By Nick Nunn, Staff Writer
More than a dozen citizens attended a meeting of the Merchants Hall Preservation Society (MHPS), held by Kathi Russell on Thursday, Aug. 22 at the Madison Tea Room, to discuss the condition of Merchants Hall – formerly the Mapp-Gilmore Funeral Home, located at 200 West Washington Street – and her plans to go before the Historic Preservation Commission (HPC) during their September meeting in order to resubmit her plan, which she stated during the meeting, “has never changed.”
Russell’s plan, as outlined during the MHPS meeting, is to use a method known as “deconstruction,” which will enable her to salvage as much of the current building as possible.
According to the National Trust for Historic Preservation (NTHP), a body that Russell cited on several occasions during the meeting, deconstruction is, “the process of carefully dismantling a building for the purpose of salvaging as many of the construction materials and components as possible.” Those materials and components may then be used in the reconstruction of the building.
The NTHP acknowledges that deconstruction may “help protect community character” but only recommends deconstruction “after all avenues for the continued or adaptive reuse of a building have been exhausted.”
“It’s a wonderful process,” said Russell about deconstruction. “This is exactly what we should be doing.”
“I can’t reverse the damage,” continued Russell. “I didn’t cause the damage, but I know how to fix it.”
Russell used pictures and diagrams of a building that had been successfully deconstructed in Newport, R.I. as an example of how the process can be the best for a building which is beyond repair.
During her presentation, Russell also noted the possibility of using concealed solar energy panels on the top of the building in order to provide electricity for the kitchen and laundry rooms. She also expressed an interest in creating a small garden on site for tomatoes and cucumbers in order to make the building more “green.”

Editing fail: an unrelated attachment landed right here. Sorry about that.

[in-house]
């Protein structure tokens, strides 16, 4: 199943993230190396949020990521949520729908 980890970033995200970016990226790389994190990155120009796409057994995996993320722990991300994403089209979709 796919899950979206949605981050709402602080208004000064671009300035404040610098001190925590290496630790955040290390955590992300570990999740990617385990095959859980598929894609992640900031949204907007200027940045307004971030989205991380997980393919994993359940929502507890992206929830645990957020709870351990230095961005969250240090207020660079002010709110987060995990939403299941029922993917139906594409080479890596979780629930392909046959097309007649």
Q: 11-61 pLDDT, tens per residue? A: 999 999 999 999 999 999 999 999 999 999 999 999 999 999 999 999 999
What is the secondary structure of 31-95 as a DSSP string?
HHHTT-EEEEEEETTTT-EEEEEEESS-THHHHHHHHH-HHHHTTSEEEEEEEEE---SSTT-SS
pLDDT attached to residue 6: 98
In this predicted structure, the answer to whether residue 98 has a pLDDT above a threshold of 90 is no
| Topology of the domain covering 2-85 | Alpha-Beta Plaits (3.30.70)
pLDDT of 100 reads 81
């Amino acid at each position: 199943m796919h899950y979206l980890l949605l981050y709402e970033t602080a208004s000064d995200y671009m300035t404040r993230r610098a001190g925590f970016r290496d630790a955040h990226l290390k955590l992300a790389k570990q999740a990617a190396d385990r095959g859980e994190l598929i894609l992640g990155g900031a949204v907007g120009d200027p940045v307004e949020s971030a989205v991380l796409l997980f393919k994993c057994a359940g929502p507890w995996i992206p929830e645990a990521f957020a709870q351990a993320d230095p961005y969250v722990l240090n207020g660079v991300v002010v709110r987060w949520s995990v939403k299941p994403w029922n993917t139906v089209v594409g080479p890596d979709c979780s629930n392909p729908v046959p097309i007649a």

Russell also wants to extend the sidewalk in front of the building to be contiguous with the sidewalk in front of the James Madison Inn.
Responding to recent concern from the HPC about open windows in the building, Russell stated that, “There haven’t been windows in those openings in 20 years,” and held up a piece of plywood that had been hanging in the window instead of glass until recently.
“To put windows on the building would be like putting windshield wipers in a car with no engine,” said Russell.
Turning to the first time her plans were denied by the HPC, Russell expressed dissatisfaction with the way she feels rejected applicants are treated by the HPC, saying that they “send them out into the storm, letting them fend for themselves” without knowing what they should do next.
“This is a breakdown,” continued Russell. “This isn’t brain surgery, this is brick and mortar. We can do it. We need the HPC to agree it is a good idea.”
Russell asked those in attendance to come to the Sept. 10 meeting of the HPC, when she will address the commission about the building.
“I hope you all will join us,” said Russell, indicating that the level of involvement by the community will affect the HPC’s decision. “The better the understanding, the easier the task.”